Rodney E. Kellems, Ph.D.

Professor and Chairman
BCB Graduate Program

Description of Research


Angiotensin receptor activating autoantibodies and preeclampsia.
Preeclampsia is the leading cause of death due to pregnancy with clinical consequences involving severe life-threatening vascular abnormalities. The molecular mechanisms responsible for the pathogenesis of preeclampsia remain poorly understood. We found that women with preeclampsia harbor autoantibodies capable of activating the angiotensin receptor, AT1R. We showed that these autoantibodies bind to a specific seven amino acid sequence on the second extracellular loop of the angiotensin receptor. Overall, our results provide strong evidence that these autoantibodies activate AT1 receptors on a variety of cells and thereby contribute to many features of the disease. Research is underway to determine the immunological origin of these autoantibodies and the mechanism by which they activate the AT1 receptor. This project is being carried out in collaboration with Dr. Yang Xia.


Angiotensin receptor activating autoantibodies (AT1-AAs) may underlie many features of preeclampsia. AT1-AAs from preeclamptic patients activate angiotensin receptors (AT1R) on the surface of many cell types and may be responsible for many features of this serious pregnancy disorder. We have shown that antibody-induced receptor activation results in the mobilization of intracellular calcium and the activation of many genes. We propose that AT1-AAs activate AT1 receptors by promoting receptor homodimerization. ROS, reactive oxygen species. SMC, smooth muscle cells; EC, endothelial cells.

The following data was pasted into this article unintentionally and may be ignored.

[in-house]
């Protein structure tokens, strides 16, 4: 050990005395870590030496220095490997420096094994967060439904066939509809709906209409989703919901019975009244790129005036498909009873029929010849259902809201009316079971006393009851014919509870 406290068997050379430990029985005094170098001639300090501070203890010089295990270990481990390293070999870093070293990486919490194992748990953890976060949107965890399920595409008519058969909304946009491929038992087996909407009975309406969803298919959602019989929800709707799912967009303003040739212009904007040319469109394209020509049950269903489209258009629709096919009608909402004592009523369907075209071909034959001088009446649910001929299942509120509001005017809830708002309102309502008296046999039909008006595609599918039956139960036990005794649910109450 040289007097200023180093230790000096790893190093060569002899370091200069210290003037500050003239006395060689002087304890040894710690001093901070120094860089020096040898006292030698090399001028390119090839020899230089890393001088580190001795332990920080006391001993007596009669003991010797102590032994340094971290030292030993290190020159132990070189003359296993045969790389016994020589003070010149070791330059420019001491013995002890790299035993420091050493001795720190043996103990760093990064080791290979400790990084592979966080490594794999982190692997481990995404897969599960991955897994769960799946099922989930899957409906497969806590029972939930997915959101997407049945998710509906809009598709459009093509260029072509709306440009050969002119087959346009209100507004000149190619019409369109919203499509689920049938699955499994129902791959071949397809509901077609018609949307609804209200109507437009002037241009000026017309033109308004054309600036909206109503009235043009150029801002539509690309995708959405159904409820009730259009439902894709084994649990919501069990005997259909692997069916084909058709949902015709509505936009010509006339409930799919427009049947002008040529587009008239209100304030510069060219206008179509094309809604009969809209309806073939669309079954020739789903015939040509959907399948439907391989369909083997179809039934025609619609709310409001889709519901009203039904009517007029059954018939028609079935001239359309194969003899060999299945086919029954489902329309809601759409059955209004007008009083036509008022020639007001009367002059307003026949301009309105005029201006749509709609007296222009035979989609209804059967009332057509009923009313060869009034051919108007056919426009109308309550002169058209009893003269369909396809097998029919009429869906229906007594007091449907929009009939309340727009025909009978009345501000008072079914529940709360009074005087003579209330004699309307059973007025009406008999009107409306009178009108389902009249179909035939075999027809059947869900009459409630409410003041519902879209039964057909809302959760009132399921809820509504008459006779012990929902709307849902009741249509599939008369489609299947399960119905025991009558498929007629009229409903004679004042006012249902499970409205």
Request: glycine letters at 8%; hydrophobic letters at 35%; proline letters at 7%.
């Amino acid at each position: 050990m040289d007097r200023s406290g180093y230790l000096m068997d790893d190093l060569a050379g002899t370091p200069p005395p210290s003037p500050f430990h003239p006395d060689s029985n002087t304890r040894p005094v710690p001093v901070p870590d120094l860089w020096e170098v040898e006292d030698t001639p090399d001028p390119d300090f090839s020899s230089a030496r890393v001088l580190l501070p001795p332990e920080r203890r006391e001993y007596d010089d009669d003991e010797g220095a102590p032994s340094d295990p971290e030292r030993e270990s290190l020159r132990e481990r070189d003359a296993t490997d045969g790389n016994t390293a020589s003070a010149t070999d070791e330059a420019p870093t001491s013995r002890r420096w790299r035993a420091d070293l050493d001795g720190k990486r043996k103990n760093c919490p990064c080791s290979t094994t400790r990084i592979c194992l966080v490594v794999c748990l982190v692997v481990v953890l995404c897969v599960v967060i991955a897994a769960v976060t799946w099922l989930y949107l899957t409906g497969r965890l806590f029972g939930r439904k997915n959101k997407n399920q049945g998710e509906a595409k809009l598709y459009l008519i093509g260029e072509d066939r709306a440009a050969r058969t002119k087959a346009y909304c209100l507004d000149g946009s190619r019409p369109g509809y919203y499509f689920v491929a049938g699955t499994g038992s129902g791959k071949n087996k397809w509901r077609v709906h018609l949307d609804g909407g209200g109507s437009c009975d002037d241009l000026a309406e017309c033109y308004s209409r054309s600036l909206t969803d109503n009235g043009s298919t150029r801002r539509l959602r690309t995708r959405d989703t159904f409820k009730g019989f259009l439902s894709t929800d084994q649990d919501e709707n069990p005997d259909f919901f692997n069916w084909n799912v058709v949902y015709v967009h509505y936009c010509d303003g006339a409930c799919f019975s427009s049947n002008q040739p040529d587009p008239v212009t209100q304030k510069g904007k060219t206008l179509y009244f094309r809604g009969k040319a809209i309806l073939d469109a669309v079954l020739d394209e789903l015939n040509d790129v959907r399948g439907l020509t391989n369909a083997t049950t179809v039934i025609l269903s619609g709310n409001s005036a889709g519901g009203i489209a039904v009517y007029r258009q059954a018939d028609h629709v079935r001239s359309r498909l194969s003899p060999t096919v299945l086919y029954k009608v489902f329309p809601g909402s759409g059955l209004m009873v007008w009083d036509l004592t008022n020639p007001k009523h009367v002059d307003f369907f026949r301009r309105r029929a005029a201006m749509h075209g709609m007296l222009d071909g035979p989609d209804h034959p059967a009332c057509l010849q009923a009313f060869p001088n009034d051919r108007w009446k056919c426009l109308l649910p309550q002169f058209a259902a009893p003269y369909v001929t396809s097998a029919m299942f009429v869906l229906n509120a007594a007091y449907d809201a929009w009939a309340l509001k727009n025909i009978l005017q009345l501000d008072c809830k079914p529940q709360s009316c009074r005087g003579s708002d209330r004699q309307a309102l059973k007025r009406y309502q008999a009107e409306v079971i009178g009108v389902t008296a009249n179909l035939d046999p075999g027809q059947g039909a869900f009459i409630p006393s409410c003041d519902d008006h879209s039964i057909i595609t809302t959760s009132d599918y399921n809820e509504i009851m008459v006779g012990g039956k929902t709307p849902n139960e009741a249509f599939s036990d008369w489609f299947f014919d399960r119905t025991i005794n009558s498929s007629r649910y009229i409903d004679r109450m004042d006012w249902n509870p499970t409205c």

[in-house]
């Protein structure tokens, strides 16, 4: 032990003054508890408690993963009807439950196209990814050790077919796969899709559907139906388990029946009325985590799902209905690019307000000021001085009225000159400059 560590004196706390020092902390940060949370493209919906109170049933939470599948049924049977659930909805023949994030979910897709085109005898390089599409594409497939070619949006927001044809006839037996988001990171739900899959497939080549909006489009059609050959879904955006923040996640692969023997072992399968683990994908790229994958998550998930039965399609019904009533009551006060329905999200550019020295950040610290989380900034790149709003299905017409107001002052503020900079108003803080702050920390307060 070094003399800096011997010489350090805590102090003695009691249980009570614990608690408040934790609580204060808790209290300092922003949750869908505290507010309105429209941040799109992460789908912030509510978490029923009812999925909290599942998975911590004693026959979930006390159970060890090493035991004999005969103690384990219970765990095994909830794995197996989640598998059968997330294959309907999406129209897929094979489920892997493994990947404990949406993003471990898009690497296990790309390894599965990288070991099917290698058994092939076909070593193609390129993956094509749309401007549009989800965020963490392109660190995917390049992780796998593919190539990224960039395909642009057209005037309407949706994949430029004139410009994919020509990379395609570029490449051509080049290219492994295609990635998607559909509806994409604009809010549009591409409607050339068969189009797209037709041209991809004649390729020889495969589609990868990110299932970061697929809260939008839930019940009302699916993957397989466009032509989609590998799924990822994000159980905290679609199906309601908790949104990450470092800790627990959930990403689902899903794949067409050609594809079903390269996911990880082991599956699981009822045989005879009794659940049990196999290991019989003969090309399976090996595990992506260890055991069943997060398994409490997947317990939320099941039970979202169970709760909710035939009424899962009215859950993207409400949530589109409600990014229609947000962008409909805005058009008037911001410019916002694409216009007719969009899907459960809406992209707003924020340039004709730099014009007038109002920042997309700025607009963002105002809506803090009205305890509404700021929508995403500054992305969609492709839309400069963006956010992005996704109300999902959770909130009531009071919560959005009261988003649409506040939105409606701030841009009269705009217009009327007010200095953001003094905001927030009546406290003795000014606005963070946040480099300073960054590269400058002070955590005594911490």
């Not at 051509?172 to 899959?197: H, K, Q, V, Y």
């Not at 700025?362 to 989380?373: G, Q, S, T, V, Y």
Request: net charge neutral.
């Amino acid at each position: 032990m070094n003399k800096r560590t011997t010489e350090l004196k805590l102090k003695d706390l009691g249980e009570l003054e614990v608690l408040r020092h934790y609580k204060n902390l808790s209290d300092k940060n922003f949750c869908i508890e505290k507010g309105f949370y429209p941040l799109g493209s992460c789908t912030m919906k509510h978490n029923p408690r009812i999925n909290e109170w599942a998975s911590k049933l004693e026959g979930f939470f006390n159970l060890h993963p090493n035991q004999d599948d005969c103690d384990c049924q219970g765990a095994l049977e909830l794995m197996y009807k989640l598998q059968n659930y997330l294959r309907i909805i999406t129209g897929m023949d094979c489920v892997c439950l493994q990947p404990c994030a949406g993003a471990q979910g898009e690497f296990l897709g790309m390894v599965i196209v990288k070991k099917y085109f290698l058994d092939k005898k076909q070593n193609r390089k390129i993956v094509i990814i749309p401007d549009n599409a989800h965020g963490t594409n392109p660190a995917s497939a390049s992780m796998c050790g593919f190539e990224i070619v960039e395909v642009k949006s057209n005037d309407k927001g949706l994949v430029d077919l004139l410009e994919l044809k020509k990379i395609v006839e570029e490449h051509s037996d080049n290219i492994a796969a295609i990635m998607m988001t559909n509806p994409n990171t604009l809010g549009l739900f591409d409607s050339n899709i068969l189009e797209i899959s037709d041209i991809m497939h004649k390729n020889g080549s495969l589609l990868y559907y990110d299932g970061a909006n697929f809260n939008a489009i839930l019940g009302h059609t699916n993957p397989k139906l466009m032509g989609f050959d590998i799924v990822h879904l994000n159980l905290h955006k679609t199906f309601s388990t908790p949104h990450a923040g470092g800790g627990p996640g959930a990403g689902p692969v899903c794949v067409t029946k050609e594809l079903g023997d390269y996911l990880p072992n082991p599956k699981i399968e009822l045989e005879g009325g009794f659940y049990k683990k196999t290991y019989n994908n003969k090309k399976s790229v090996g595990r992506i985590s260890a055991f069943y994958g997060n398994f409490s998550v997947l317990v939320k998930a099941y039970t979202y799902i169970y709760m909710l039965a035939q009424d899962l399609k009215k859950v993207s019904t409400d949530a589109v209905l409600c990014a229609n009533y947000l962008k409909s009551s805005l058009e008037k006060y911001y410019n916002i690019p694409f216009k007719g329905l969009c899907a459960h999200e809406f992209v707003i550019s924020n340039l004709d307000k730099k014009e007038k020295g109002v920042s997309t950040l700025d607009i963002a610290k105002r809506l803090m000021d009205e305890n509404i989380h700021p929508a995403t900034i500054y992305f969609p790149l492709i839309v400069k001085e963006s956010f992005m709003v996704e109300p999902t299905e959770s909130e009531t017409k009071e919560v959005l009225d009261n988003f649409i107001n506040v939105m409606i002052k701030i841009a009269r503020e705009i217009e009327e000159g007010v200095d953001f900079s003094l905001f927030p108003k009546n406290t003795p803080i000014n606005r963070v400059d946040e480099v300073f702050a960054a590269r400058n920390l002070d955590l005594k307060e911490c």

Contact Information

UTHealth Medical School
Department of Biochemistry and Molecular Biology
6431 Fannin Street, MSB 6.200
Houston, Texas 77030

713-500-6124  Direct  713-500-0652 Fax


Ph.D. - Princeton University

Postdoctoral Fellow - Stanford University

Research Interests

Receptor Activating Autoantibodies and Disease


Angiotensin receptor agonistic autoantibodies induce pre-eclampsia in pregnant mice.

Zhou CC, Zhang Y, Irani RA, Zhang H, Mi T, Popek EJ, Hicks MJ, Ramin SM, Kellems RE, Xia Y.

Nat Med. 2008 Aug;14(8):855-62. doi: 10.1038/nm.1856. Epub 2008 Jul 27.

PMID: 18660815

read more
Receptor-activating autoantibodies and disease: preeclampsia and beyond.

Xia Y, Kellems RE.

Expert Rev Clin Immunol. 2011 Sep;7(5):659-74. doi: 10.1586/eci.11.56. Review.

PMID: 21895478

read more
Angiotensin receptor agonistic autoantibodies and hypertension: preeclampsia and beyond.

Xia Y, Kellems RE.

Circ Res. 2013 Jun 21;113(1):78-87. doi: 10.1161/CIRCRESAHA.113.300752.

PMID: 23788505

read more
Elevated sphingosine-1-phosphate promotes sickling and sickle cell disease progression

Zhang Y, Berka V, Song A, Sun K, Wang W, Zhang W, Ning C, Li C, Zhang Q, Bogdanov M, Alexander DC, Milburn MV, Ahmed MH, Lin H, Idowu M, Zhang J, Kato GJ, Abdulmalik OY, Zhang W, Dowhan W, Kellems RE, Zhang P, Jin J, Safo M, Tsai AL, Juneja HS, Xia Y

J Clin Invest. 2014 Jun 2;124(6):2750-61. doi: 10.1172/JCI74604. Epub 2014 May 16

PMCID:  PMC4089467



© Copyright 2008-Present - The University of Texas Health Science Center at Houston (UTHealth)